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Tanneries of Wheeling, 1886

- from The Wheeling Daily Intelligencer, September 14, 1886.


The Tanneries of Wheeling — Their Character and Capacity

As long ago as 1849 Mr. John G. Hoffman, sr., entered into the business of manufacturing leather, and to-day he is the senior member of a firm of Wheeling leather manufacturers whose tannery rivals many of the most extensive concerns of its character in the largest cities of the country. Berger & Hoffman commenced business on the Island in 1849 with ten vats. By 1852 their business had so increased that the number of vats had grown to 78. The flood of 1852 demolished their buildings, but they rebuilt and again entered on a prosperous career. Mr. Hoffman's practical knowledge of dressing and tanning hides, pulling wool and the like, availed the firm a great deal.

In 1857 the present large buildings occupied by J. G. Hoffmann & Son, owners of the Centre Wheeling Tannery, and located on the corner of Water and Twenty-third streets were erected. These buildings are substantial and well arranged, built of brick, and occupy an area of ground 192 feet by 122. An equal space is covered by the bark yards, etc., the whole premises extending the full length of the square from Water to Main street. The firm is composed of Messrs. John G. Hoffmann, Sr., John G. Hoffmann, Jr., and Frank C. Hoffmann. Its market extends all over the country, the leather of the Centre Wheeling Tannery having a good reputation in every section of the country, and being handled by all the leading jobbing houses.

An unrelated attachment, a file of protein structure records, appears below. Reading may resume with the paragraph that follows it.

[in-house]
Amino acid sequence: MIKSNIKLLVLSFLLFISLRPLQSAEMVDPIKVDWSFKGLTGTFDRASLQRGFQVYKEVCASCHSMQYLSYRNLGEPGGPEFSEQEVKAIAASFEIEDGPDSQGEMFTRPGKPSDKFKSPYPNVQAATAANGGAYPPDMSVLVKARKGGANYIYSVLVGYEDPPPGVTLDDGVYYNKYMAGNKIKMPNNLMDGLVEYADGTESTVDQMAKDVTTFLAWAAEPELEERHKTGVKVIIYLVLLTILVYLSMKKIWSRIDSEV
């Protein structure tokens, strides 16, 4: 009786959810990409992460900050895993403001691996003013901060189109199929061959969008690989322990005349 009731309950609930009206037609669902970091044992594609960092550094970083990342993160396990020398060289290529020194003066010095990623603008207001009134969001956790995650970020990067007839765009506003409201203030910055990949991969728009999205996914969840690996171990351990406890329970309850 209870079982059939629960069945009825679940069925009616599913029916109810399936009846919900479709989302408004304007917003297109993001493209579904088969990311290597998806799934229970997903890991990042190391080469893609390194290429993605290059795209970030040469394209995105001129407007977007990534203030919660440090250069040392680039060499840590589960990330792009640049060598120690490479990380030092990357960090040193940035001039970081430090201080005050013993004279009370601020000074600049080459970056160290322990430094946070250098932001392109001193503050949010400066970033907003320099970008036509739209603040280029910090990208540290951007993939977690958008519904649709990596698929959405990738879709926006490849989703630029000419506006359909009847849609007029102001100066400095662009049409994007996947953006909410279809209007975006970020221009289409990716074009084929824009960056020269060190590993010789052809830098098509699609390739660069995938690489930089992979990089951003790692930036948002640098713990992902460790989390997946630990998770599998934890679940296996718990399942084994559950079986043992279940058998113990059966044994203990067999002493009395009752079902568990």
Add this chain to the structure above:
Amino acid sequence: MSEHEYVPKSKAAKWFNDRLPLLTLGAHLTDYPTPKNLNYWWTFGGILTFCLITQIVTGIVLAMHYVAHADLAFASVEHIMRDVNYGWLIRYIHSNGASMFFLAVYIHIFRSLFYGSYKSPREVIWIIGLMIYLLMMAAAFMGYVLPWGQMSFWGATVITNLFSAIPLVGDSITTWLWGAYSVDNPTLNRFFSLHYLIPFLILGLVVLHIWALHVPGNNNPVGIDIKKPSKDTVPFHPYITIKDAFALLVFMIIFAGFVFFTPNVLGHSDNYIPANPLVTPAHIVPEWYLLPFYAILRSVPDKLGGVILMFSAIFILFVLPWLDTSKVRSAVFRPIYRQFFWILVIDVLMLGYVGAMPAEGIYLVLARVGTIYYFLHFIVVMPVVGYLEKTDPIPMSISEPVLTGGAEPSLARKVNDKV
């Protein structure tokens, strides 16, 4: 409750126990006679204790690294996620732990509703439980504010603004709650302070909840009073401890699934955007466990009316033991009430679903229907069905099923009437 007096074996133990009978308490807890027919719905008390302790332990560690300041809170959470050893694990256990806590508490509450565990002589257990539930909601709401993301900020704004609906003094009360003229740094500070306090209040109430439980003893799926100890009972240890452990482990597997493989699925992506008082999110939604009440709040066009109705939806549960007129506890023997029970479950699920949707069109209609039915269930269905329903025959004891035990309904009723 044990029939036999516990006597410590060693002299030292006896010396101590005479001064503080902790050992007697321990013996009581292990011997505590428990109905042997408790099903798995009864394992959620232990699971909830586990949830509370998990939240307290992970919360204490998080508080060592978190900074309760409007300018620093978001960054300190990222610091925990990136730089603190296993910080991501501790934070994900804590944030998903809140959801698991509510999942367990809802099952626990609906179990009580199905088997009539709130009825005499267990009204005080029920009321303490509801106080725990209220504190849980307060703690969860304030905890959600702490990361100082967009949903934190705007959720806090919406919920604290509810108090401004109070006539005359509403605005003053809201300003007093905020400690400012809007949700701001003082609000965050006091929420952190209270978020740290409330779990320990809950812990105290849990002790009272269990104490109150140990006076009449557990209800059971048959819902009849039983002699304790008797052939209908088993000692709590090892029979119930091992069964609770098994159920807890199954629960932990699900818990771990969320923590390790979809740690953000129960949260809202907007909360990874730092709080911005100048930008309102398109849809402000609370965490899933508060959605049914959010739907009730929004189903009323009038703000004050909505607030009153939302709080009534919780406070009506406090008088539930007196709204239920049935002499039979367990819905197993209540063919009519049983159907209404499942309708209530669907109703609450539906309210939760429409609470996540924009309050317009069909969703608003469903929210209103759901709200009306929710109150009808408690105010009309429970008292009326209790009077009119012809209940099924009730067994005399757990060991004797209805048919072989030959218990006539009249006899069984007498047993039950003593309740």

The establishment has a capacity for turning out from 1,000 to 1,200 sides of leather per week, to produce which requires the labor of from 80 to 100 men. At present their annual product is one of the most important sources of Wheeling's prosperity and fame. The hides are bought all over the western country, but the larger proportion are furnished by the Chicago packers. The firm makes a specialty of the Star oak harness leather, and their sole care is to keep their product up to the high standard of excellence for which it has acquired a reputation, and as a consequence their leather is in great demand by large manufacturers of the best grades of harness. The Star Oak leather is as widely and favorably known as any article of Wheeling manufacture, and that is saying much.

The firm has considerable advantage in the way of cheap fuel, as it burns in its furnaces the exhausted bark. Nevertheless, so great are the advantages of natural gas that is will be introduced into the tannery. The tannery consumes about 5,000 cords of tan bark per annum, the supply being drawn principally from the forests of this State. The facilities for securing the raw materials are good, and the shipping advantages of the house unsurpassed anywhere, the tannery being located on both the Baltimore & Ohio and Pennsylvania railroad systems, and just opposite the river terminus of the C., L & W. railroad.

In addition to this leading tannery the Horkheimer Bros. are engaged in the tanning of sheep skin; S. Horkheimer & Sons manufacture sheepskin morocco on a large scale, George Lobenstein and John Vockler have tanneries of good capacity on the South Side, and Louis Roth carries on the business at Fulton.

The facilities offered by this locality for the manufacture of leather of all grades and varieties are as good as those enjoyed by other branches of industry, and the business promises to assume larger proportions.

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